Night at the Office

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Night at the Office

December, 1989

My eyes shot open. I awoke to the foggy view of my computer screen and dim cubicle lamp. The overhead fluorescent lights across the tiled ceiling were shut off. My exhausted eyes shifted their focus to the clock on my computer screen. 1:34 a.m. “God damnit,” I spoke softly to myself. My boss had been demanding I stay late to catch up on work due to so many of my co-workers quitting recently and Christmas fast approaching. “We need you to spearhead this project, so get it done by the end of the week, numbnuts.” His words kept repeating in my head. I imagined his short stocky frame walking from cubicle to cubicle, berating his workers as they put in overtime, covering for his mistakes. “Such an asshole,” I whispered to myself. All of the overtime had caught up with me and I had finally passed out at my desk. I was the last one here in the accounting department and the nightly janitor for our floor had already passed through my area, leaving no one to wake me.

I adjusted my glasses and glanced over to the phone. I picked up the receiver, no dial tone. I.T. must have shut them down overnight for some sort of maintenance. I leaned back in my chair and stretched my legs, which were very sore from sleeping upright at my desk. I turned my chair and looked into the darkness of the office. It was almost completely black with the exception of blinking green and yellow power lights on computer towers which had been left running overnight. My eyes traced the dim orange glow of distant streetlights that entered through the office windows and fell across the floor.

I put on my thick winter coat and walked over to the window in my co-worker’s office. “Wonderful,” I muttered, looking down from our ninth floor office. I watched as thick sheets of snow fell silently from the sky down onto a barely plowed parking lot, and into the woods that surrounded our office building. I looked over to the side where I always parked in the morning. One of my co-workers seemed to have taken pity on me for working late and brushed the snow off my car, although it was beginning to pile up again. I turned, took a deep breath, and sighed, walking past our sea of gray-walled cubicles. In the silence, I thought of the murmuring of our employees against the background noise of keyboard tapping, adding machines, and the whirring of office computers, printers, and copiers. I imagined all of their exhausted faces, hands on their foreheads anxiously awaiting 5:00 p.m.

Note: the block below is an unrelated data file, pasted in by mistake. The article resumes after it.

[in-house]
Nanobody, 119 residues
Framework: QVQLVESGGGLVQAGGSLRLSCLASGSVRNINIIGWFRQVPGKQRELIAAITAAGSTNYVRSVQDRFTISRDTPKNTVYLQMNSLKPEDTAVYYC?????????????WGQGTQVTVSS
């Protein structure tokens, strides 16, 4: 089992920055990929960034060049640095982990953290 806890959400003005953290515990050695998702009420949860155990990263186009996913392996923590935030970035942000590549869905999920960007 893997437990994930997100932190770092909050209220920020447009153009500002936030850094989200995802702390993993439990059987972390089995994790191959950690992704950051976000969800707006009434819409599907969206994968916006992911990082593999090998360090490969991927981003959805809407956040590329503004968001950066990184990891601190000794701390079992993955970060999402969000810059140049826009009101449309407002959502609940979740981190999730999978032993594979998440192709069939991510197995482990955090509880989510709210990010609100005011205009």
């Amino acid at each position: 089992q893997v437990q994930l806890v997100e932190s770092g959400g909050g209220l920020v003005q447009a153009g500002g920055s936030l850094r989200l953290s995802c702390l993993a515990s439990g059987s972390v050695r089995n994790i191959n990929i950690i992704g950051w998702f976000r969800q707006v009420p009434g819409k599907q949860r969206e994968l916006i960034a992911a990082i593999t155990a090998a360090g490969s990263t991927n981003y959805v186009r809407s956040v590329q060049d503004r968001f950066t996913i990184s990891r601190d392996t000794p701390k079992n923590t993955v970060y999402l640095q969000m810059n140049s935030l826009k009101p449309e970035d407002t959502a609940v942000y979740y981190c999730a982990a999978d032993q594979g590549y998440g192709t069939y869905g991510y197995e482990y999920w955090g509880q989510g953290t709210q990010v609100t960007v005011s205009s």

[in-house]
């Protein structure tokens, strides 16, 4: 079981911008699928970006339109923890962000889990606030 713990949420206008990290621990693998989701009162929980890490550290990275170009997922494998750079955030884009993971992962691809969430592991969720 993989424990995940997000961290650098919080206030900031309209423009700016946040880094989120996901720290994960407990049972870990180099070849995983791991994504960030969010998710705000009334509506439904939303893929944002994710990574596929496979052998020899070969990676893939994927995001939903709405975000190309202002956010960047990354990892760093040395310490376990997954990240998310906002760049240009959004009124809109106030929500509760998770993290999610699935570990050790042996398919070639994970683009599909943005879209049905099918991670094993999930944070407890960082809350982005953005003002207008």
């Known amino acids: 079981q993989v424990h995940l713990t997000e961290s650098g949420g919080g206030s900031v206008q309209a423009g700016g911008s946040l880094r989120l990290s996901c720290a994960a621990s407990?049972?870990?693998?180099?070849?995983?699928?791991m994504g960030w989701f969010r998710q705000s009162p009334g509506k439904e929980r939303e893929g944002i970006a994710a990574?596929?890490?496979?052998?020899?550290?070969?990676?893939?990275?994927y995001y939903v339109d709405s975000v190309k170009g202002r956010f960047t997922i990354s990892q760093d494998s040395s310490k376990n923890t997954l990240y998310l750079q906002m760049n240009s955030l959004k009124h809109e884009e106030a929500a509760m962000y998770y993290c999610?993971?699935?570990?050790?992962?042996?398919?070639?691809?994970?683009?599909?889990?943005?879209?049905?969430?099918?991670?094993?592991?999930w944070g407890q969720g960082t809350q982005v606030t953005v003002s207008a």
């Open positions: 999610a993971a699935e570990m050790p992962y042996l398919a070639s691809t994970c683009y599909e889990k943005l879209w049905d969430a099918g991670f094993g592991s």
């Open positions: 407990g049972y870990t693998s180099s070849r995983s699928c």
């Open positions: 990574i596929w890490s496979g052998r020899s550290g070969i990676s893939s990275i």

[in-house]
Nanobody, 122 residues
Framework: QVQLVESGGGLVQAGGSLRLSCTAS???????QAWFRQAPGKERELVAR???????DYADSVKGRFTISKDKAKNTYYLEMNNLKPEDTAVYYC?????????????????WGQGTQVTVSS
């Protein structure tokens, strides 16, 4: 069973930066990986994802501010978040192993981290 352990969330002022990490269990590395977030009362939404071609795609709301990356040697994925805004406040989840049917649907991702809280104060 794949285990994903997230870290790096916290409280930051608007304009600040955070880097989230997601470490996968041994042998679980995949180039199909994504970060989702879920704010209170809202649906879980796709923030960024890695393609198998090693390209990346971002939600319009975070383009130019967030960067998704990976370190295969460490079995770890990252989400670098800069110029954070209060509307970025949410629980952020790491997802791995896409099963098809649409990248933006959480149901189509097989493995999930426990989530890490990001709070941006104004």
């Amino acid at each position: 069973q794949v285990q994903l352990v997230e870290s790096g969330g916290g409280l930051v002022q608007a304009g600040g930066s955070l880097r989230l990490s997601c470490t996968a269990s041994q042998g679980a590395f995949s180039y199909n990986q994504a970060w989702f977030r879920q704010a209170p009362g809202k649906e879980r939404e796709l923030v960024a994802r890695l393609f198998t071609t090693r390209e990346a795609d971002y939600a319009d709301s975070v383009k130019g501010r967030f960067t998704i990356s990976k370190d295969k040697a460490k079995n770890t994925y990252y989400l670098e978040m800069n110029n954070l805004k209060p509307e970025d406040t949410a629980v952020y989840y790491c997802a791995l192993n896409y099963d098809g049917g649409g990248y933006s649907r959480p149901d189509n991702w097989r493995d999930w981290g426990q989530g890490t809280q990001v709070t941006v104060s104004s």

I made my way out of my work area and down the connecting hallway with a glass wall overlooking the parking lot to my right and the other office rooms to my left. I gazed inside at the lifeless work area and was left with the impression of just how eerie this place becomes at night. I continued down the hall another ten seconds or so until I reached the elevator. I pressed the button with the down arrow expecting the yellow light to blink on as I removed my thumb. But nothing happened. I pushed it again, still nothing. It must be deactivated during the night. I pushed up my glasses to rub my weary eyes as I turned and faced the gray metal door to the stairs. Looking through the window on the door, I could see the stairs were pitch black. I turned the knob and entered the square staircase, letting the heavy door slam closed behind me with a loud thud. Feeling my way to the railing, I grasped it in my right hand and proceeded to descend the staircase. I counted each door I passed on my way down, keeping track of which floor I was on.

Listening to the tapping of my uncomfortable office shoes against the stairs, I longed to be home in my bed. Sixth floor. I began thinking about calling out sick in the morning, amusing myself at how much it would aggravate my boss. Serves him right for having me work these ridiculous hours. I looked upward into the center of the staircase, where had it been lit, I could see all the way to the top levels, but in this pitch blackness I could not make out a thing. I began counting the steps to distract myself from the unpleasantness of moving around in this darkness. 22, 23, 24 steps between each floor. Third floor. I began pondering about how I would spend my day tomorrow. After sleeping in, I think I will go see a movie to take my mind off the stress of work. Afterwards, I will probably grab a bite to eat, perhaps at the new Thai restaurant that has opened down the street from my apartment. I smiled slightly at the thought of my spontaneous holiday.